At HighWire, we know our people are vital to our customers’ success. Last month we kicked off a new blog series, to shine a spotlight on our talented team members across the US and UK. In case you missed it, here is our first Q&A with Engineering Manager, Chris Graham.
This month, we speak to Craig Jurney, our Principal Architect, who next month celebrates his 15 year anniversary with HighWire.
Q: Where are you located and how long have you been part of the HighWire team?
A: I’m based in the Los Gatos office and live in Palo Alto near the Stanford campus. I’ve been unofficially part of the HighWire team since its inception, as my spouse, Erika was one of the first employees and John Sack, our founding director, was my Managing Director at Stanford University Data Center until he left to start HighWire. I joined HighWire officially in April, 2004 after the company had grown to around 100 employees.
Q: What’s your job title and what do you do?
A: I’m the Principal Architect which means I design many of the systems that we run at HighWire from the ground up and for those that I don’t design, I figure out how to integrate them into our overall offering (working closely with Product) or change/enhance them to support our clients’ ever-changing requirements (working with engineers). I also travel to visit our strategic customers (for example, BMJ) and meet with their technical staff.
Q: Tell us a little bit about your educational and professional background
A: I attended Stanford University where I studied economics and public policy (undergraduate). To pay for my studies, I built a new fund-raising system for the University which ran out of the Data Center mainframe computer which was then managed by John Sack, which is how we met. (During this time I worked with COBOL, MVS 360/390, JCL & JES, and SPIRES, a database language.)
After leaving school, I worked for a financial services company where I wore a suit and tie and braces with matching square for a couple of years but decided that was not for me. (Here I expanded into (new) Windows, LAN, MS-Basic, (new) MS Excel, and other desktop / PC tools of the day.)
I came back to Stanford University to work for John Sack in the Data Center as a systems programmer working on online systems used to administer the University — accounting, human resources, student administration and the like. In 1992, I started moving those systems to the (still new) Web and John left to found HighWire based on Web technology. (My knowledge grew working with Gopher, HTTP, HTML, C, C++, and the new language, Java.)
I then moved over to Stanford Networking and spent the next 10 years building out SUNet, the University’s campus-wide network including developing the online authentication and authorization systems still used today for online administrative systems. (Java, Sybase, Oracle, MySQL, XSLT)
For the first 5 years or so at HighWire, I focused primarily on migrating the company’s infrastructure services from SGML + Latin1 + RDBMS, to XML + Unicode + XML-native database as a principal engineer and information architect and sometime team manager. (Java, Apache, XSLT, MarkLogic (an XML database))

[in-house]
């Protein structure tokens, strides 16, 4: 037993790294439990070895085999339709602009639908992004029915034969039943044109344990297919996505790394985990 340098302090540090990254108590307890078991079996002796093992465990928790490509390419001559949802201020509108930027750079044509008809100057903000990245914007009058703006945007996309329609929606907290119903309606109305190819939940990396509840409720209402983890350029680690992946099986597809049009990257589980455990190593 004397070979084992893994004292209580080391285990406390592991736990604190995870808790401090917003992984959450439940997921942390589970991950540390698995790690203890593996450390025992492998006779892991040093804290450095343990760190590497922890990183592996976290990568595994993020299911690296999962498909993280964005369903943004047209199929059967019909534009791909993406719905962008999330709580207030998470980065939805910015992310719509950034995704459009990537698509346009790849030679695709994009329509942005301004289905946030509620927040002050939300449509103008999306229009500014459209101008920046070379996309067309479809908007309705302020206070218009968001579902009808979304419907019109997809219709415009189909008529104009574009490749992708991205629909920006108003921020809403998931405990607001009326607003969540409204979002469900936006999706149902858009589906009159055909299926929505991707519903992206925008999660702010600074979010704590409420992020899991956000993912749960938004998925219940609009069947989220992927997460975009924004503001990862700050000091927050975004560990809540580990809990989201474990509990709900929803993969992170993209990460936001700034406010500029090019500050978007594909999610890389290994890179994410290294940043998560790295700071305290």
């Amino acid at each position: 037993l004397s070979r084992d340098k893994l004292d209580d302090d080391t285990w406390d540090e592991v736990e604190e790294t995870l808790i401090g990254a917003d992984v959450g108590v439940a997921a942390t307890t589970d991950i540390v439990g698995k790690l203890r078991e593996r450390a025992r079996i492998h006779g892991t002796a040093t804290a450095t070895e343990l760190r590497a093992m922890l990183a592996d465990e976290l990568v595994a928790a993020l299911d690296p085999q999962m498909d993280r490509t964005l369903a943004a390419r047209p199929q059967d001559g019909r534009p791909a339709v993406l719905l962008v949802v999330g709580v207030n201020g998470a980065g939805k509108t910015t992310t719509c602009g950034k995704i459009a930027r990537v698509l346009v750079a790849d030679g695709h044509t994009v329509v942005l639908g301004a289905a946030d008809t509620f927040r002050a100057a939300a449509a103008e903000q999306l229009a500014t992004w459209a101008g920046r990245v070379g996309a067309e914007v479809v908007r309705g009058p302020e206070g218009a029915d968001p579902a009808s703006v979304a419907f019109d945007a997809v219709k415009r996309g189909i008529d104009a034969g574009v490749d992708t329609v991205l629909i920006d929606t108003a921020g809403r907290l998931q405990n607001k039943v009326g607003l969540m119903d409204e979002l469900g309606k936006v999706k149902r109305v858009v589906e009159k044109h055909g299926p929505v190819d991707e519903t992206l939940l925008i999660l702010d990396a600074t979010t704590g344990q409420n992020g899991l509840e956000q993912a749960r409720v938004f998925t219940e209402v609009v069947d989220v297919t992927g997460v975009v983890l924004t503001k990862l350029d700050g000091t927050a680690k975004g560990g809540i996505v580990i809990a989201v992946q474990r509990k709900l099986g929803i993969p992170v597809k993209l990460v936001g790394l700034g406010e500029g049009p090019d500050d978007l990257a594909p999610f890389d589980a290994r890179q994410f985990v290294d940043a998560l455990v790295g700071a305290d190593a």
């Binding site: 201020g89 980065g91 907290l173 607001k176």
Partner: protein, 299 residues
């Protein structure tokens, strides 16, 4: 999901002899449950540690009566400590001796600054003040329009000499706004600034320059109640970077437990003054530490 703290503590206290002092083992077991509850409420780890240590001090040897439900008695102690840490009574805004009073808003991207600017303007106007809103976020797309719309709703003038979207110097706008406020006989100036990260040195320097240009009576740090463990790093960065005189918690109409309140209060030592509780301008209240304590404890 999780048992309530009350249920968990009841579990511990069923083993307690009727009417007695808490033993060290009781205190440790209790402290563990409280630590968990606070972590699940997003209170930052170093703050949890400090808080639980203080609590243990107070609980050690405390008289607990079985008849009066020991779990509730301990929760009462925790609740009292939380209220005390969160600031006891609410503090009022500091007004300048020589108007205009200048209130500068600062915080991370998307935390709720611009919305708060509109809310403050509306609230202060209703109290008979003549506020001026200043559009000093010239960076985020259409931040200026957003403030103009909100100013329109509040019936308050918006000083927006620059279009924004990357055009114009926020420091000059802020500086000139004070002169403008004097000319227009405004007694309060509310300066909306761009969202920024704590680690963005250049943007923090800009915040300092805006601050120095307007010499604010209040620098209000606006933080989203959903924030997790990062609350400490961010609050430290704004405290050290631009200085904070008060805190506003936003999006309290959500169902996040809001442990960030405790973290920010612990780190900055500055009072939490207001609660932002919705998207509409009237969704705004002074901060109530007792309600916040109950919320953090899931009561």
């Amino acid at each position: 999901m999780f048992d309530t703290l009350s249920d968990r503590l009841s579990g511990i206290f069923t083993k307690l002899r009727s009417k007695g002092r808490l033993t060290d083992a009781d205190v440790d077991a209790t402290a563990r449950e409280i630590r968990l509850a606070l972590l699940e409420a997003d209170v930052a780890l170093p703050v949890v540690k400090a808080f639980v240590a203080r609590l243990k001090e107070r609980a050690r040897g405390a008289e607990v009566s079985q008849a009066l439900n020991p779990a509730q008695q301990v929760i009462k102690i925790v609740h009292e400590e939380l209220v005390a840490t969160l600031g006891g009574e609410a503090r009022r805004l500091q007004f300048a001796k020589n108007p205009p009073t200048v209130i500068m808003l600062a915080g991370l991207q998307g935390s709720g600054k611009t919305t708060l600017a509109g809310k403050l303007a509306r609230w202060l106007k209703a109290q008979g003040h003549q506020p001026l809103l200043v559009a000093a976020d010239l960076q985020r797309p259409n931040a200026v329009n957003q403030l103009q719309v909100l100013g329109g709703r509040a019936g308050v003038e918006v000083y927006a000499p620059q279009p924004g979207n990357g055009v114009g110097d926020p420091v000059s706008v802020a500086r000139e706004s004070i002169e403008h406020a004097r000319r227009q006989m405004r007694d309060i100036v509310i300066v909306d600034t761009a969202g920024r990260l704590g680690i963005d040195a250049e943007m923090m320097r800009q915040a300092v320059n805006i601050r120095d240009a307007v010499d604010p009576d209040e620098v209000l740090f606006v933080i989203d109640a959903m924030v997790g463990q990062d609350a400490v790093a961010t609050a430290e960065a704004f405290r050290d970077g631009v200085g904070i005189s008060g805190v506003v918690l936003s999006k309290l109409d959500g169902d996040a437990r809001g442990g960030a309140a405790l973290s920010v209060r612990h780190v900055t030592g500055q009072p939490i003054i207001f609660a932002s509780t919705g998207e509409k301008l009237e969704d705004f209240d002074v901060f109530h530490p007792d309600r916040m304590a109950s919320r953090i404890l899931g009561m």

I’ve been Chief Solutions Architect (and now Principal Architect) since 2012 but still keep my hand in producing technical solutions here at HighWire. (Spring / Spring Boot, Cassandra, Kafka, AWS tooling)
Q: What attracted you to join HighWire?
A: I joined HighWire when it was part of the University Libraries and shared the University mission. HighWire was, and still is in many ways, a mission-driven organization whose primary mission is to help scholars communicate their findings in order to advance learning of all kinds.
Q: What’s the most challenging part of your job?
A: Staying abreast of the technical landscape between on-premises vs cloud, build vs. buy; tracking and adopting techniques and tools to support agile development and continuous integration and continuous deployment (CI/CD) for an ever evolving set of technologies.
Q: What’s the most rewarding aspect of your job?
A: Working on innovative projects with motivated teammates that use new or even emergent technologies to help our publisher clients achieve their mission.
Q: Tell us something people might not know about HighWire
A: When HighWire was still on the Stanford campus, we used to have dogs in the office — not just a couple, more like a dozen on any given day! Having dogs in the workplace, together with pinball machines in the main conference room and a BBQ just outside were hallmarks of the Silicon Valley start-up culture from which HighWire was born.
Q: Sum up your HighWire career to date in one word!
Are you interested in joining Craig to help shape the future of technology solutions for the scholarly community? If so, we want to hear from you! Check out our latest US and UK-based roles across our Technology, Product and Customer teams: https://careers.smartrecruiters.com/HighWirePressInc